This article has the usual pro-GMO party lines and it bears the name of one their favorite corporate shills – although if Monsanto’s own internal emails are anything to go by, you can bet it wasn’t written by the scholar at all. Miller might come across as a great choice for delivering their message, with his degrees from Harvard and the Massachusetts Institute of Technology and his background working for the FDA as a medical researcher lending him credibility in some people’s eyes, but a closer examination reveals a long history of defending harmful products, whether it’s glyphosate or tobacco or genetically-engineered hormones.
In the article, sources from the pesticide industry are used to make unsubstantiated claims surrounding organic agriculture. For example, it espouses the idea that organic farming hurts the environment more than conventional agriculture, which is surely hard to swallow even for those who don’t really care too much one way or the other about organic food.
The article also uses information provided by Jay Byrne, who used to be the corporate communications director for Monsanto and is now the director of PR firm v-Fluence Interactive. Emails obtained by U.S. Right to Know show how Byrne helped Monsanto set up a front group known as Academics Review to publish reports portraying the organic industry as nothing more than a marketing scam. EcoWatch’s Stacy Malkan reports that the idea was to set up a platform that academics could use to sound credible while attacking Monsanto’s critics and receive money from industry groups. The same people singled out by those reports are attacked in Miller’s Newsweek piece.
It’s only slightly surprising that they would try to pull this off so soon after this very behavior was exposed in internal documents released in a class action lawsuit against the firm by cancer patients. One email exchange spells out how Monsanto asked Miller to write an article dismissing cancer concerns about its products, and how Miller responded that he would be willing to do it if he “could start from a high-quality draft.”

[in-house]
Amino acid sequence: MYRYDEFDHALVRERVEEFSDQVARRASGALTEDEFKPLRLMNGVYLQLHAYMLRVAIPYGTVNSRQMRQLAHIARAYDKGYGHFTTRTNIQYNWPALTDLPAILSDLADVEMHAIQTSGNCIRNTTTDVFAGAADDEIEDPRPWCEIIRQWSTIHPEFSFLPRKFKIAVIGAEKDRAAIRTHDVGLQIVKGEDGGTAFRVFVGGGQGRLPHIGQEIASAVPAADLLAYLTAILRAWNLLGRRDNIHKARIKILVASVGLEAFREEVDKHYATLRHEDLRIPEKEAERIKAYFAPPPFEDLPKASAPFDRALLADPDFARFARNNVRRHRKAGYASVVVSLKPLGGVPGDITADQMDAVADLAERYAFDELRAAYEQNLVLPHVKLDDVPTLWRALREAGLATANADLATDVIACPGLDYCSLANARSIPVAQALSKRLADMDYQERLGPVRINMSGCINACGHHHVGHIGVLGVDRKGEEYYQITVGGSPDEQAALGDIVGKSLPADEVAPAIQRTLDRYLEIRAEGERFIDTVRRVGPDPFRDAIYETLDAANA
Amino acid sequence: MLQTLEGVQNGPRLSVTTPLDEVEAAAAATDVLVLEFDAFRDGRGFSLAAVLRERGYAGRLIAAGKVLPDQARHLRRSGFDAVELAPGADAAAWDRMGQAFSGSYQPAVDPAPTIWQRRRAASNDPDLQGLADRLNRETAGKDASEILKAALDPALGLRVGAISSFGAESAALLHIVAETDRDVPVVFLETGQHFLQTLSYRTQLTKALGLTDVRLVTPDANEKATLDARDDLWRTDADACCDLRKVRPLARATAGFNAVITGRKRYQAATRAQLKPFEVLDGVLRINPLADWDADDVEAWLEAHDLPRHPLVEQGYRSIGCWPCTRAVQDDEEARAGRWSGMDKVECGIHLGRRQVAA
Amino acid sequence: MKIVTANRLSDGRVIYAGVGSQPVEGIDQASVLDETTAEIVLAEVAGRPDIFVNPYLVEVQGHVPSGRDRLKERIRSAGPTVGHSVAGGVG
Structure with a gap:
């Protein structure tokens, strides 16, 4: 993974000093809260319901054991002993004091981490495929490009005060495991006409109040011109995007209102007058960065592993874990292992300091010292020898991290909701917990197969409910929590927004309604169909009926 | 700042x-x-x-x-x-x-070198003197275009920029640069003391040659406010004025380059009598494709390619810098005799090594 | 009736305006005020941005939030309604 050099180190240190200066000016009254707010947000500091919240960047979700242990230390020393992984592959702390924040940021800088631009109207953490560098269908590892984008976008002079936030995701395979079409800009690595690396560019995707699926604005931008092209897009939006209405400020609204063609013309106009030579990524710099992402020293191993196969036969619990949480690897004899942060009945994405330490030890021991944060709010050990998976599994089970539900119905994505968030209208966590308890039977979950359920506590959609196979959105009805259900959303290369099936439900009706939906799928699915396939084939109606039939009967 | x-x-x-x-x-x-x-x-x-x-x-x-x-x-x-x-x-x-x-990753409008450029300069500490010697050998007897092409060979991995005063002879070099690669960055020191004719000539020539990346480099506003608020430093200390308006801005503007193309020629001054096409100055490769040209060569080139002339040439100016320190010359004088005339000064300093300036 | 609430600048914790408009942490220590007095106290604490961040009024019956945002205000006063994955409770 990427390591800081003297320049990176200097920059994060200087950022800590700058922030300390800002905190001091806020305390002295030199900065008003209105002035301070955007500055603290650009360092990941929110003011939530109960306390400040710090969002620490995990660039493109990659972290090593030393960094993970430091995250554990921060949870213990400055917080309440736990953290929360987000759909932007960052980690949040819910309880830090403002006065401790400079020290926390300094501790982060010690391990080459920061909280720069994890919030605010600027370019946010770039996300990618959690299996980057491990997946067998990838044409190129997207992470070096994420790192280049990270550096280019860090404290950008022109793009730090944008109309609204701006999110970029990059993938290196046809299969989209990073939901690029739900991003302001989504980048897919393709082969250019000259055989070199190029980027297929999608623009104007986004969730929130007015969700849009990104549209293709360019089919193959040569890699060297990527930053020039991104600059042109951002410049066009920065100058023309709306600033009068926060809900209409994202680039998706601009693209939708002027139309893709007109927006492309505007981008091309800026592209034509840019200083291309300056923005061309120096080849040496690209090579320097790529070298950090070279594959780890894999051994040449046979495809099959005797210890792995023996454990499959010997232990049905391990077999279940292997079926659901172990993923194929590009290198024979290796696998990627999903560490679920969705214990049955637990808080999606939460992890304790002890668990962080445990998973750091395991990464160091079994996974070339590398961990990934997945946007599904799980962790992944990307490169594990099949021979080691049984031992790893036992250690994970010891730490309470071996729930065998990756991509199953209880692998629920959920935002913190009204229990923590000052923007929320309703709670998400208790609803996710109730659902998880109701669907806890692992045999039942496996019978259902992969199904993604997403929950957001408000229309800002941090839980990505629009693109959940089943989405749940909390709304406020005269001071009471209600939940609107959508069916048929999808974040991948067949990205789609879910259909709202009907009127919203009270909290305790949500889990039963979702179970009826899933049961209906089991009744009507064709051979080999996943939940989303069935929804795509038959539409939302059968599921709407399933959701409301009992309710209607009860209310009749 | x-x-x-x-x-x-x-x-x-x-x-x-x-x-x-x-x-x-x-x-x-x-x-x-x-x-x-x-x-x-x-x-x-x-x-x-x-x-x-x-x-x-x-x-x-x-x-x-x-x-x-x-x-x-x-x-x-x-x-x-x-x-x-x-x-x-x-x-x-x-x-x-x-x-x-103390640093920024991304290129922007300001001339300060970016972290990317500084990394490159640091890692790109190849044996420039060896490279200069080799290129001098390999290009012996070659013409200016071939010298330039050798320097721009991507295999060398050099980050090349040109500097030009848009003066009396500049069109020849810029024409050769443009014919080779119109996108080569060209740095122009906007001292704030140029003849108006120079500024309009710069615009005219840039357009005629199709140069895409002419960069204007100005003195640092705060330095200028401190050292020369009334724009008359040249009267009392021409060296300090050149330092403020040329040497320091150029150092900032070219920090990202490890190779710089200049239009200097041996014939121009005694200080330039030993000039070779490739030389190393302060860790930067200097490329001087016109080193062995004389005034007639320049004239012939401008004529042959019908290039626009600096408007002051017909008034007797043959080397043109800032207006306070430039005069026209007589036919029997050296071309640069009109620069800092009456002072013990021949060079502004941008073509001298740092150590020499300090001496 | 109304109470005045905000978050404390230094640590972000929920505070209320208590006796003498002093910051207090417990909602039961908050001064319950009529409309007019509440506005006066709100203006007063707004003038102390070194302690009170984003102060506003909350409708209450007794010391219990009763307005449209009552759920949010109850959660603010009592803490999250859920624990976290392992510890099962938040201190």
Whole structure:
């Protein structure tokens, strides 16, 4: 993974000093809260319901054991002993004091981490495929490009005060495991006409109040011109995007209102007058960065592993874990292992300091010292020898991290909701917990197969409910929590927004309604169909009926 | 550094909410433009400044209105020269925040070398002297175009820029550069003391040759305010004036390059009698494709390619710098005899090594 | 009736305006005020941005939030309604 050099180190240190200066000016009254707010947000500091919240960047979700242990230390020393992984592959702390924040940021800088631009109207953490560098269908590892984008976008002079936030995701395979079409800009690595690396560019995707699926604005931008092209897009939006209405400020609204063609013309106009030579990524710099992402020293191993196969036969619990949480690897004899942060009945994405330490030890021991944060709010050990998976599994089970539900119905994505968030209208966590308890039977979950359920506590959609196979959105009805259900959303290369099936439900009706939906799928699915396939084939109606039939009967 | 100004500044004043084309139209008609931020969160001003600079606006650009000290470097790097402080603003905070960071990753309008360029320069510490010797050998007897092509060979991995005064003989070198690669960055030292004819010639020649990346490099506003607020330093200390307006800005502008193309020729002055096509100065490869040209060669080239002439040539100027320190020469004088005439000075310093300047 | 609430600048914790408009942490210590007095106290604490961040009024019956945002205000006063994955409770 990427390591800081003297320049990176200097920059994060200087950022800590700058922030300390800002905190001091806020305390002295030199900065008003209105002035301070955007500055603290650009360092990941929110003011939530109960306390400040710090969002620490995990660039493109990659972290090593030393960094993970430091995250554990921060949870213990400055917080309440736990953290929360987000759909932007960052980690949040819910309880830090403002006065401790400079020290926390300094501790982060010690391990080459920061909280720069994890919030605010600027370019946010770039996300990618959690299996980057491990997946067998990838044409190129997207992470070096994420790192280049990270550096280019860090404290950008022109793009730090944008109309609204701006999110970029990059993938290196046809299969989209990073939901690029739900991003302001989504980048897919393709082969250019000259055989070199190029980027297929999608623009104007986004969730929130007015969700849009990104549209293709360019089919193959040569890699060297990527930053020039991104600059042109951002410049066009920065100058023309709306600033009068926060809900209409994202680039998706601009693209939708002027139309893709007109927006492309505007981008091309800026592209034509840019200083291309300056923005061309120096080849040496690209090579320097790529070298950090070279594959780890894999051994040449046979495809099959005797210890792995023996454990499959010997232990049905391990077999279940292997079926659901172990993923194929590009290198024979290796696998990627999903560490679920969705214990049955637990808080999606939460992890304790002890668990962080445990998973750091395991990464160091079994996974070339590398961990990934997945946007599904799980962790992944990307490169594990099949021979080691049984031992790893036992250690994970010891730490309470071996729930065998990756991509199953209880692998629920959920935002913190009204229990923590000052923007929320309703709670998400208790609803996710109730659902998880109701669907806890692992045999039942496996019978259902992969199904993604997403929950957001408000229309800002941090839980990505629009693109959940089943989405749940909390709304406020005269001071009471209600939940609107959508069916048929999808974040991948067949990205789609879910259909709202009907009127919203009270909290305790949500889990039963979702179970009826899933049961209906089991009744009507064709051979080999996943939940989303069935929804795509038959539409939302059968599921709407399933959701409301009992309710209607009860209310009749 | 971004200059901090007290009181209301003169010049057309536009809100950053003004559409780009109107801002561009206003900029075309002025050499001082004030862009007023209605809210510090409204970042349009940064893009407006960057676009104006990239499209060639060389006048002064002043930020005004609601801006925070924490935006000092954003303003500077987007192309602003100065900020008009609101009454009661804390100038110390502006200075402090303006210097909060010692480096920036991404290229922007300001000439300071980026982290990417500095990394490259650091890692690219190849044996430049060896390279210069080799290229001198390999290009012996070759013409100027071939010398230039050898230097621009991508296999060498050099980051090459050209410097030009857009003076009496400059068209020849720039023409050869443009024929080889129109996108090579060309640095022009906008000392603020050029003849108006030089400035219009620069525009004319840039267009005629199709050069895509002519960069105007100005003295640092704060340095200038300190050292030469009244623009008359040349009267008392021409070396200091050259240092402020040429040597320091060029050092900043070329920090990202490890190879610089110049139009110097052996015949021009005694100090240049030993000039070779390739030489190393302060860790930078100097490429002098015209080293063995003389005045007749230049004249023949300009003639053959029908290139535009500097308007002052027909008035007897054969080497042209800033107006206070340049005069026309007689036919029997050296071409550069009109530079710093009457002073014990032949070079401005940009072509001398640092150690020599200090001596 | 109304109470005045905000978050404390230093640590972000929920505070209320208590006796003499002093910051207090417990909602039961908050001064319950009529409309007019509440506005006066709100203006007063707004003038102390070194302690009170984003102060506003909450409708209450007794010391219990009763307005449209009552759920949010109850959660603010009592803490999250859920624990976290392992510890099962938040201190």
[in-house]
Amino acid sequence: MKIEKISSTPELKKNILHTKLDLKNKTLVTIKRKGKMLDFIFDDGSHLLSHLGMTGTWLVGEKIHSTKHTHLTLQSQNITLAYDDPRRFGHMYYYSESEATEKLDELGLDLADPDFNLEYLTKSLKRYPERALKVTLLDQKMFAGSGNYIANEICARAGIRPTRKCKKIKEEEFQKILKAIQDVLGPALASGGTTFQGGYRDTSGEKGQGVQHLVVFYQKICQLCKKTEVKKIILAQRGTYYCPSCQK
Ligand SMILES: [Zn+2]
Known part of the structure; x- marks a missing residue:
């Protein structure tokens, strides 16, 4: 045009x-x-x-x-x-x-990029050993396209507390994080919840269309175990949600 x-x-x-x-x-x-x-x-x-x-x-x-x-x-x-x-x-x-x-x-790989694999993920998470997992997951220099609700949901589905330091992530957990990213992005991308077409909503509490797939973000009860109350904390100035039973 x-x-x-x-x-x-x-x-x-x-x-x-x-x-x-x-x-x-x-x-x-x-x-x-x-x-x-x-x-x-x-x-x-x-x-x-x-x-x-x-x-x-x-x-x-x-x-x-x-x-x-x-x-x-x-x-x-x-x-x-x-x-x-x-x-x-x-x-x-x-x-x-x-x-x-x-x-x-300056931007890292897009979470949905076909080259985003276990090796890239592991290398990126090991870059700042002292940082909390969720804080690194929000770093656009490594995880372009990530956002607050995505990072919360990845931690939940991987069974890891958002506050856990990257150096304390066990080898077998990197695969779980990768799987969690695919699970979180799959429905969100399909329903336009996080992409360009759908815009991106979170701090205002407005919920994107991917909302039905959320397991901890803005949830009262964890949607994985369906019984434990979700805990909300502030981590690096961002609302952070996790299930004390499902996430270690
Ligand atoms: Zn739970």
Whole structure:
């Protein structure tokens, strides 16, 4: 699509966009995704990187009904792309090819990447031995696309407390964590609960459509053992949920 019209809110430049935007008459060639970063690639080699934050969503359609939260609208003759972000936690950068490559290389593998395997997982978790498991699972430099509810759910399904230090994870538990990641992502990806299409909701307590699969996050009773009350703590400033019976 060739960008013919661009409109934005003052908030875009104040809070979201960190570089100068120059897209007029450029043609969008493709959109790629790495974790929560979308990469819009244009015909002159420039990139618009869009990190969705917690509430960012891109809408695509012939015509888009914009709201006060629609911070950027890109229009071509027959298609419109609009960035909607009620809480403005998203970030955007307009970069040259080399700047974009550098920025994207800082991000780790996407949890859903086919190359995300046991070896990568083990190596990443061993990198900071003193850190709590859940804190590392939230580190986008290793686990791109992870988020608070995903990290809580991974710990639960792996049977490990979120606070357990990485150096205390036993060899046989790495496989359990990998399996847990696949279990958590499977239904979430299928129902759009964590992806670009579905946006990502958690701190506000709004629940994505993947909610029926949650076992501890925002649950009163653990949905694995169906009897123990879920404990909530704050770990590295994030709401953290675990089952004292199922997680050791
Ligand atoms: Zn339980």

The article was published by Forbes and was remarkably similar to the draft supplied by Monsanto, attacking scientists from the World Health Organization’s IARC for listing glyphosate as a “probable human carcinogen.” Forbes later removed it from their website and ended their relationship with Miller in light of the revelations.
Miller was also involved in the smear campaign against Dr. Oz. After Dr. Oz talked about the dangers of Roundup and glyphosate on his popular TV show, Miller spearheaded a letter-writing campaign in which doctors asked the College of Physicians and Surgeons at Columbia University to remove Dr. Oz as a surgery professor. The effort failed, and many were able to see it for what it really was.
Given the history between Miller and Monsanto, it’s pretty clear what is going on here. Monsanto’s already fragile reputation took a big hit with the release of the Monsanto Papers and organic food’s popularity is soaring as more people open their eyes to the dangers of glyphosate. Even though plenty of people can see right through their desperate attempts to salvage their image, it’s likely we’ll see a lot more of this type of propaganda coming from them in the future.